Wudangzhao was built in 1749 and lies 70 km to the northeast of Baotou City. Wudang means willow tree in Mongolian. It is a large monastery and contains six temple hars, three mansions for Living Buddhas. Constructed on mountain slopes, terrace above terrace, the main lamasery overlooks clusters of small lamaseries at the foot of the mountain. Built during the reign of Emperor Kangxi in the Qing dynasty it belongs to the Yellow Sect (Gelugpa). Resembling Tashilhunpo Monastery in Shigatse, Tibet, the monastery used to be the residence of the highest lama in Inner Mongolia.|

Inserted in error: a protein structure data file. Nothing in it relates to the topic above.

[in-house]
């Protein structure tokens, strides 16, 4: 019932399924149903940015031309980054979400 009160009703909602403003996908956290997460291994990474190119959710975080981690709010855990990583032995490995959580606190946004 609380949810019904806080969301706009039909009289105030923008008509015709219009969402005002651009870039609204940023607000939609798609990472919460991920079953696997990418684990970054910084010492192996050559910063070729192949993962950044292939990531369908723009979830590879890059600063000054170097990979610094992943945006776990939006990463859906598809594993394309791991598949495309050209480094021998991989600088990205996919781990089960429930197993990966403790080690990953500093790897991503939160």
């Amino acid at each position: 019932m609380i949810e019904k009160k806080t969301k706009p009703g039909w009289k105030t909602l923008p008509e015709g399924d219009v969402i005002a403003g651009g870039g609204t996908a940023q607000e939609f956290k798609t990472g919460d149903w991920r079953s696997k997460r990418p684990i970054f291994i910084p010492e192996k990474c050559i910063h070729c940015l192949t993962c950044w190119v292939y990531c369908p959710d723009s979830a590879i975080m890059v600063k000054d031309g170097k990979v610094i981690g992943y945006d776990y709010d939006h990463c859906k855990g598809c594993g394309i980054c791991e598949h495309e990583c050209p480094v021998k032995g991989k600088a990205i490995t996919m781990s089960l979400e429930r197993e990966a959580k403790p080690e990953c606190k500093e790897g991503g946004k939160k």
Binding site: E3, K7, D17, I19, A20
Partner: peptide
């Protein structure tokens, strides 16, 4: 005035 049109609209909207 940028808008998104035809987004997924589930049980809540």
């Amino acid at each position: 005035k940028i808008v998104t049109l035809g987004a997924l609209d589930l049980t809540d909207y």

In its prime Wudangzhao had over 1,200 resident monks, but these numbers have dwindled down to but a few, leaving the 2,500 room complex inactive filled mainly by tourists. a sad place today, August 7, 2006. No incense burns in any of the halls and the 'monks' who clip tickets before each palace and temple, are wearing trousers and street shoes under their robes. They do not appear to be real monks but rather workers engaged in the tourist business. Only one family of older Mongolians was making the rounds today and bowing before the dead shell of Buddhism. Perhaps it is just an off day, but this temple complex seems to have become little more than a museam to Buddhism.
The mansions of the Living Buddhas are empty shrines and the Living Buddhas are no where to be found...